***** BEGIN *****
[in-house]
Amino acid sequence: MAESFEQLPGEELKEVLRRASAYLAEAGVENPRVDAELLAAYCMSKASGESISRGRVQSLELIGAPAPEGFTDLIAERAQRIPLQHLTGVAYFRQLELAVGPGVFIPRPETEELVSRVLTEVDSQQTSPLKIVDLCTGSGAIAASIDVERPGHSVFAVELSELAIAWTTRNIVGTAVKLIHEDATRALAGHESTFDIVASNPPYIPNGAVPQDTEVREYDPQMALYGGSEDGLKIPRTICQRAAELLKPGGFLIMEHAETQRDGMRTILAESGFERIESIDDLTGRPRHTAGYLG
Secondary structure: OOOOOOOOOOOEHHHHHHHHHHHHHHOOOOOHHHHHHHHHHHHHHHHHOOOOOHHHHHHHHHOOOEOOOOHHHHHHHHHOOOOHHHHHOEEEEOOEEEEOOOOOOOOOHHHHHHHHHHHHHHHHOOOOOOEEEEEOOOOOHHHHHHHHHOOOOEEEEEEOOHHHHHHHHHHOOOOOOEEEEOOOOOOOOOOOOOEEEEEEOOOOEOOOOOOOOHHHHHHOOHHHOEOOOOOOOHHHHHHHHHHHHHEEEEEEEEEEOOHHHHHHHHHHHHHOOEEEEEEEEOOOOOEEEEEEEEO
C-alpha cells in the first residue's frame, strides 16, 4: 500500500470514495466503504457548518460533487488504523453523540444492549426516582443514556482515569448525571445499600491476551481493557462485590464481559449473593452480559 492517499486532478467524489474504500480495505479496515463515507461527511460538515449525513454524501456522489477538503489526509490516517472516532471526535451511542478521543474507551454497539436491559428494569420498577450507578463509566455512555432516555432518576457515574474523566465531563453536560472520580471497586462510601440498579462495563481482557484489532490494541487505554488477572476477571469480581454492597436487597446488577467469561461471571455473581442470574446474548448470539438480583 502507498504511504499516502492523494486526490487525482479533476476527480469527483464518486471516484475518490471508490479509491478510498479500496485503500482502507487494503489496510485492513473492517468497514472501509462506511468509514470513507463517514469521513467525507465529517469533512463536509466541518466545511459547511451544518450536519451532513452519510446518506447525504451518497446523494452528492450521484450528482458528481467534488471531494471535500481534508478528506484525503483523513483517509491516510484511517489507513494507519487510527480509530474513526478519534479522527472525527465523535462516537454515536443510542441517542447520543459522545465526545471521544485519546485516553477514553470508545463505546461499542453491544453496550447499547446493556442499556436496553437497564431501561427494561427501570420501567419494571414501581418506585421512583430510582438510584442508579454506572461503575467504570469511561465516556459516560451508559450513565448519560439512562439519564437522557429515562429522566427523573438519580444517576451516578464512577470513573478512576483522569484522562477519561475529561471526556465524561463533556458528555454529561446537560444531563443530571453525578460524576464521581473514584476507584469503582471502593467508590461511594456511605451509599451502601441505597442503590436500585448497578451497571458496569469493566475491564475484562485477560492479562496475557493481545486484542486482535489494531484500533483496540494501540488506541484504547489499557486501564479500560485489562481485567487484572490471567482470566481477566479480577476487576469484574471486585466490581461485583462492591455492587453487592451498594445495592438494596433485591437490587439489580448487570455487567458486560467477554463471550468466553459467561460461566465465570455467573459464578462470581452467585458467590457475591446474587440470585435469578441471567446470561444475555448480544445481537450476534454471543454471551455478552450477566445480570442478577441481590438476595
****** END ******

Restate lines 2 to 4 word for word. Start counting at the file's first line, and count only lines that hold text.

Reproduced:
Amino acid sequence: MAESFEQLPGEELKEVLRRASAYLAEAGVENPRVDAELLAAYCMSKASGESISRGRVQSLELIGAPAPEGFTDLIAERAQRIPLQHLTGVAYFRQLELAVGPGVFIPRPETEELVSRVLTEVDSQQTSPLKIVDLCTGSGAIAASIDVERPGHSVFAVELSELAIAWTTRNIVGTAVKLIHEDATRALAGHESTFDIVASNPPYIPNGAVPQDTEVREYDPQMALYGGSEDGLKIPRTICQRAAELLKPGGFLIMEHAETQRDGMRTILAESGFERIESIDDLTGRPRHTAGYLG
Secondary structure: OOOOOOOOOOOEHHHHHHHHHHHHHHOOOOOHHHHHHHHHHHHHHHHHOOOOOHHHHHHHHHOOOEOOOOHHHHHHHHHOOOOHHHHHOEEEEOOEEEEOOOOOOOOOHHHHHHHHHHHHHHHHOOOOOOEEEEEOOOOOHHHHHHHHHOOOOEEEEEEOOHHHHHHHHHHOOOOOOEEEEOOOOOOOOOOOOOEEEEEEOOOOEOOOOOOOOHHHHHHOOHHHOEOOOOOOOHHHHHHHHHHHHHEEEEEEEEEEOOHHHHHHHHHHHHHOOEEEEEEEEOOOOOEEEEEEEEO
C-alpha cells in the first residue's frame, strides 16, 4: 500500500470514495466503504457548518460533487488504523453523540444492549426516582443514556482515569448525571445499600491476551481493557462485590464481559449473593452480559 492517499486532478467524489474504500480495505479496515463515507461527511460538515449525513454524501456522489477538503489526509490516517472516532471526535451511542478521543474507551454497539436491559428494569420498577450507578463509566455512555432516555432518576457515574474523566465531563453536560472520580471497586462510601440498579462495563481482557484489532490494541487505554488477572476477571469480581454492597436487597446488577467469561461471571455473581442470574446474548448470539438480583 502507498504511504499516502492523494486526490487525482479533476476527480469527483464518486471516484475518490471508490479509491478510498479500496485503500482502507487494503489496510485492513473492517468497514472501509462506511468509514470513507463517514469521513467525507465529517469533512463536509466541518466545511459547511451544518450536519451532513452519510446518506447525504451518497446523494452528492450521484450528482458528481467534488471531494471535500481534508478528506484525503483523513483517509491516510484511517489507513494507519487510527480509530474513526478519534479522527472525527465523535462516537454515536443510542441517542447520543459522545465526545471521544485519546485516553477514553470508545463505546461499542453491544453496550447499547446493556442499556436496553437497564431501561427494561427501570420501567419494571414501581418506585421512583430510582438510584442508579454506572461503575467504570469511561465516556459516560451508559450513565448519560439512562439519564437522557429515562429522566427523573438519580444517576451516578464512577470513573478512576483522569484522562477519561475529561471526556465524561463533556458528555454529561446537560444531563443530571453525578460524576464521581473514584476507584469503582471502593467508590461511594456511605451509599451502601441505597442503590436500585448497578451497571458496569469493566475491564475484562485477560492479562496475557493481545486484542486482535489494531484500533483496540494501540488506541484504547489499557486501564479500560485489562481485567487484572490471567482470566481477566479480577476487576469484574471486585466490581461485583462492591455492587453487592451498594445495592438494596433485591437490587439489580448487570455487567458486560467477554463471550468466553459467561460461566465465570455467573459464578462470581452467585458467590457475591446474587440470585435469578441471567446470561444475555448480544445481537450476534454471543454471551455478552450477566445480570442478577441481590438476595